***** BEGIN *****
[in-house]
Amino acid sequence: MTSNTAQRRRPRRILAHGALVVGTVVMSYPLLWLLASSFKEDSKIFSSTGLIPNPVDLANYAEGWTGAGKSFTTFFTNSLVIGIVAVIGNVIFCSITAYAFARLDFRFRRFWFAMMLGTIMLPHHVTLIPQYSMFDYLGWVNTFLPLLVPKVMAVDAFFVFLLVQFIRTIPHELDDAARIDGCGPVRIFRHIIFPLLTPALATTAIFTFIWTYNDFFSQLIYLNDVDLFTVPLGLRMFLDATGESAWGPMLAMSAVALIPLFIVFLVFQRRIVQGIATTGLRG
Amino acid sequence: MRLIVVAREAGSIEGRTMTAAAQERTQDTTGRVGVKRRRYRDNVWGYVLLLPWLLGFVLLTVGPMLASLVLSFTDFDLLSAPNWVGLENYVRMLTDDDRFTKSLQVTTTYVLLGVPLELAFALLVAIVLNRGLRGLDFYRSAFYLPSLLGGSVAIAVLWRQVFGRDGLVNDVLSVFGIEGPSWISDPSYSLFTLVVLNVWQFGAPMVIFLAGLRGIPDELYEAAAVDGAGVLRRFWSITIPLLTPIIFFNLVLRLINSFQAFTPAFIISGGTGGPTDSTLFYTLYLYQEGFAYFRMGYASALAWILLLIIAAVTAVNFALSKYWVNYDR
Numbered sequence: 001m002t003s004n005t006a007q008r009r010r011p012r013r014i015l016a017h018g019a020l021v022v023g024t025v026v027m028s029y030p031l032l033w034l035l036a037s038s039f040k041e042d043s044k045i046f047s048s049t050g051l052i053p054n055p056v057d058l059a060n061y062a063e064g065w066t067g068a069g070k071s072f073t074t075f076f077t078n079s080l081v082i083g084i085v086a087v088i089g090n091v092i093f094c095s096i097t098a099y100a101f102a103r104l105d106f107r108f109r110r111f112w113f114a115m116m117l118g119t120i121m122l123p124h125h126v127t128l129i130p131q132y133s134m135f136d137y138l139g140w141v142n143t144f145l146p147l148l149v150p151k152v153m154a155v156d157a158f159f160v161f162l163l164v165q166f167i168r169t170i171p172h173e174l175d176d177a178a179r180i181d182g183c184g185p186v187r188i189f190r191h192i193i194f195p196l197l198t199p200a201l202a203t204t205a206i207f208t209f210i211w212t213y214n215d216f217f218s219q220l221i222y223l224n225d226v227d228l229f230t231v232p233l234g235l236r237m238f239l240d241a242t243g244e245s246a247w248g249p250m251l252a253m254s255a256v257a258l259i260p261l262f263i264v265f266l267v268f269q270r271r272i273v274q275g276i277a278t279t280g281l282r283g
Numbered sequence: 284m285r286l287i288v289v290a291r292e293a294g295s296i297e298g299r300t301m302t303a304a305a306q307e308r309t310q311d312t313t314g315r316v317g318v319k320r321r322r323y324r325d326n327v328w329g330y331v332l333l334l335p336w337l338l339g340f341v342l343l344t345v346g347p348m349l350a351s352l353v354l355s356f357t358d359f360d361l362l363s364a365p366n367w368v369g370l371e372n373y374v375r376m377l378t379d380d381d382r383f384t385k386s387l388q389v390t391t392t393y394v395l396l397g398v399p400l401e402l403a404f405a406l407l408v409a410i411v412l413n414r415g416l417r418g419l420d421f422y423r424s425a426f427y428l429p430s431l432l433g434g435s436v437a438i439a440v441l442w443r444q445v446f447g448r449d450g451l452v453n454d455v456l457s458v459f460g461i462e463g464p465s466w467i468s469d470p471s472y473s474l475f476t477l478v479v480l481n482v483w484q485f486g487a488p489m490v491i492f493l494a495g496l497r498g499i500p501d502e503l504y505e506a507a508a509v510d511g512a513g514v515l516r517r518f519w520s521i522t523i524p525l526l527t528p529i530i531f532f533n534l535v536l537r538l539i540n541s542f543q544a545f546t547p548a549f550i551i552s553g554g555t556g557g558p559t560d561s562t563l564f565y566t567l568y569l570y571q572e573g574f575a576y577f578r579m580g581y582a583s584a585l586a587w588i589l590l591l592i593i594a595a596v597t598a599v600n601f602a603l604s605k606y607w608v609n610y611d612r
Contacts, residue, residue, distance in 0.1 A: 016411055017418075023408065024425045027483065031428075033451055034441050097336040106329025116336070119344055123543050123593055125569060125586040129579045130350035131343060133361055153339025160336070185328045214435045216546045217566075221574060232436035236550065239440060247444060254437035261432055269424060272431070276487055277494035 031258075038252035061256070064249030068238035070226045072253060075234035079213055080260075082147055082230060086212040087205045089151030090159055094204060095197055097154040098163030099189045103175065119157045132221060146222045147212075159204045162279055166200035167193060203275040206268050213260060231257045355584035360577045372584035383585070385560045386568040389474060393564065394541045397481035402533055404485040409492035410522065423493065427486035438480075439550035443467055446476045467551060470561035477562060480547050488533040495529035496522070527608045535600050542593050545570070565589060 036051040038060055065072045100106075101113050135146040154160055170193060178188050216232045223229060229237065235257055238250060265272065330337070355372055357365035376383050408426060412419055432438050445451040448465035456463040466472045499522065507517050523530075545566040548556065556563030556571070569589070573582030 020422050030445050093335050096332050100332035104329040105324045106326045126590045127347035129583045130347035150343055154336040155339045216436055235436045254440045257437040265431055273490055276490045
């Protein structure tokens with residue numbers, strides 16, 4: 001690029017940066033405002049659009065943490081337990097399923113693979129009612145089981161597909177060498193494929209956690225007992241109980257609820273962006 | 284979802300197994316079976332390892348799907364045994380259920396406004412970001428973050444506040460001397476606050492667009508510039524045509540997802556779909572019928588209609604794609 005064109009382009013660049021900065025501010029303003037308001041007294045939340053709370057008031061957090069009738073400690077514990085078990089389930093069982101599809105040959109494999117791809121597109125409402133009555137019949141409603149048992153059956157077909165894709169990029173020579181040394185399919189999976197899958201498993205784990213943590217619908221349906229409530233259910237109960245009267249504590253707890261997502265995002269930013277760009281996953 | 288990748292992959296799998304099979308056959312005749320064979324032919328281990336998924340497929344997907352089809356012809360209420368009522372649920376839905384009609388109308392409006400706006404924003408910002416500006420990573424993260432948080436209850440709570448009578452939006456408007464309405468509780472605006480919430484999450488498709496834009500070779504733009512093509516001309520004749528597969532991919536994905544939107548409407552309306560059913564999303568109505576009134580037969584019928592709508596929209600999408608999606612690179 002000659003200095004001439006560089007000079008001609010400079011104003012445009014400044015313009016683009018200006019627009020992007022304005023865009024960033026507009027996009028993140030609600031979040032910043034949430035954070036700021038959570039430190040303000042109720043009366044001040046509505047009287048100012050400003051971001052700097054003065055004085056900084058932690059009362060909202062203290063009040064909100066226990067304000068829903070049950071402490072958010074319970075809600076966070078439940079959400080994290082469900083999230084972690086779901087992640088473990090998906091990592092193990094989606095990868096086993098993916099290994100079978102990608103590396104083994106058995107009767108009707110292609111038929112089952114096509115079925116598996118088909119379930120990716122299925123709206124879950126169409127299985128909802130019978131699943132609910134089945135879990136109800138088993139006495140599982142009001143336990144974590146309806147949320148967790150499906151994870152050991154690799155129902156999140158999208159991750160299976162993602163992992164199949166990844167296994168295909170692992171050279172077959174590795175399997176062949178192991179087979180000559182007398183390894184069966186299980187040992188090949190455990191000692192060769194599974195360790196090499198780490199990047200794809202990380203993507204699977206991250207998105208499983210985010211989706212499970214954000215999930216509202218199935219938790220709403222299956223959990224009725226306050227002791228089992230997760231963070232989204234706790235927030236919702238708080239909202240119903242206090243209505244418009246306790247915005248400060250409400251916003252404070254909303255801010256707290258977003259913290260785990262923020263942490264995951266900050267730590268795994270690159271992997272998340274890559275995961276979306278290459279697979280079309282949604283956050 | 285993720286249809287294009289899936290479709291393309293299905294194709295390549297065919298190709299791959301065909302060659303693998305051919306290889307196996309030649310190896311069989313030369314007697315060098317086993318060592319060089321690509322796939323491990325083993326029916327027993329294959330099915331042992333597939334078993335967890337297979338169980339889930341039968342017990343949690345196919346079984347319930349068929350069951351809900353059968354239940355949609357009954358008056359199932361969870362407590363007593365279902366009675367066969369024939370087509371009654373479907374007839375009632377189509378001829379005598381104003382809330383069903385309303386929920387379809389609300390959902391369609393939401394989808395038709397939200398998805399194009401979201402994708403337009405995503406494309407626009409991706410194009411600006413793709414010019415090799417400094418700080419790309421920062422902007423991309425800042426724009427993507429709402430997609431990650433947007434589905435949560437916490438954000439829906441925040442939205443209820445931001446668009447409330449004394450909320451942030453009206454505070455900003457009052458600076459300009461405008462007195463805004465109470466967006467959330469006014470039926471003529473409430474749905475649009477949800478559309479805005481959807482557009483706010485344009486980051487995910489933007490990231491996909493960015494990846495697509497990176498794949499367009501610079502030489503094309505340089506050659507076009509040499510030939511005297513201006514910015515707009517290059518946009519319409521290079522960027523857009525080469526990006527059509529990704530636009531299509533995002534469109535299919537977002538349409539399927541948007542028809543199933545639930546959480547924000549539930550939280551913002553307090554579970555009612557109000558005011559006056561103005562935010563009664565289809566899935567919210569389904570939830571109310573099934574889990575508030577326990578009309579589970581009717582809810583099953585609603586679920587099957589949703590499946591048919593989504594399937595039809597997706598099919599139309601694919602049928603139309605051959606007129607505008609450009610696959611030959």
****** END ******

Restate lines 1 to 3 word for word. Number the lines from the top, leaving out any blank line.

[in-house]
Amino acid sequence: MTSNTAQRRRPRRILAHGALVVGTVVMSYPLLWLLASSFKEDSKIFSSTGLIPNPVDLANYAEGWTGAGKSFTTFFTNSLVIGIVAVIGNVIFCSITAYAFARLDFRFRRFWFAMMLGTIMLPHHVTLIPQYSMFDYLGWVNTFLPLLVPKVMAVDAFFVFLLVQFIRTIPHELDDAARIDGCGPVRIFRHIIFPLLTPALATTAIFTFIWTYNDFFSQLIYLNDVDLFTVPLGLRMFLDATGESAWGPMLAMSAVALIPLFIVFLVFQRRIVQGIATTGLRG
Amino acid sequence: MRLIVVAREAGSIEGRTMTAAAQERTQDTTGRVGVKRRRYRDNVWGYVLLLPWLLGFVLLTVGPMLASLVLSFTDFDLLSAPNWVGLENYVRMLTDDDRFTKSLQVTTTYVLLGVPLELAFALLVAIVLNRGLRGLDFYRSAFYLPSLLGGSVAIAVLWRQVFGRDGLVNDVLSVFGIEGPSWISDPSYSLFTLVVLNVWQFGAPMVIFLAGLRGIPDELYEAAAVDGAGVLRRFWSITIPLLTPIIFFNLVLRLINSFQAFTPAFIISGGTGGPTDSTLFYTLYLYQEGFAYFRMGYASALAWILLLIIAAVTAVNFALSKYWVNYDR